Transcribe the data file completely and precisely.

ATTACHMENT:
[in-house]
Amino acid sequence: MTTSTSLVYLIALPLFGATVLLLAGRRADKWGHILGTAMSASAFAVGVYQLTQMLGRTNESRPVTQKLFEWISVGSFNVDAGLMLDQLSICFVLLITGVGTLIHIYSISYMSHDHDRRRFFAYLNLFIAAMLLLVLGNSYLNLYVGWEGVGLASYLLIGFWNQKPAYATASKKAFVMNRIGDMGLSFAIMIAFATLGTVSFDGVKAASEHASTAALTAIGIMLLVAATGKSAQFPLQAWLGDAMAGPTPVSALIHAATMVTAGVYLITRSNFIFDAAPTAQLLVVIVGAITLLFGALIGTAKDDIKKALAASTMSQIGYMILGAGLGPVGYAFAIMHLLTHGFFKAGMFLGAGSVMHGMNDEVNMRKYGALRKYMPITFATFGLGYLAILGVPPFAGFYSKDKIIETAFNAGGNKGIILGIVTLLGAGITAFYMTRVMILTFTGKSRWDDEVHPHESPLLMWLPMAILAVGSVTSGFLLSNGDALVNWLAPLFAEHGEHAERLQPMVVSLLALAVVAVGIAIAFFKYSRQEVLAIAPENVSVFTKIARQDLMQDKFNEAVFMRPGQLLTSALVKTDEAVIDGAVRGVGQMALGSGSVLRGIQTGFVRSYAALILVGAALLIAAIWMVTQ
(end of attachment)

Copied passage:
[in-house]
Amino acid sequence: MTTSTSLVYLIALPLFGATVLLLAGRRADKWGHILGTAMSASAFAVGVYQLTQMLGRTNESRPVTQKLFEWISVGSFNVDAGLMLDQLSICFVLLITGVGTLIHIYSISYMSHDHDRRRFFAYLNLFIAAMLLLVLGNSYLNLYVGWEGVGLASYLLIGFWNQKPAYATASKKAFVMNRIGDMGLSFAIMIAFATLGTVSFDGVKAASEHASTAALTAIGIMLLVAATGKSAQFPLQAWLGDAMAGPTPVSALIHAATMVTAGVYLITRSNFIFDAAPTAQLLVVIVGAITLLFGALIGTAKDDIKKALAASTMSQIGYMILGAGLGPVGYAFAIMHLLTHGFFKAGMFLGAGSVMHGMNDEVNMRKYGALRKYMPITFATFGLGYLAILGVPPFAGFYSKDKIIETAFNAGGNKGIILGIVTLLGAGITAFYMTRVMILTFTGKSRWDDEVHPHESPLLMWLPMAILAVGSVTSGFLLSNGDALVNWLAPLFAEHGEHAERLQPMVVSLLALAVVAVGIAIAFFKYSRQEVLAIAPENVSVFTKIARQDLMQDKFNEAVFMRPGQLLTSALVKTDEAVIDGAVRGVGQMALGSGSVLRGIQTGFVRSYAALILVGAALLIAAIWMVTQ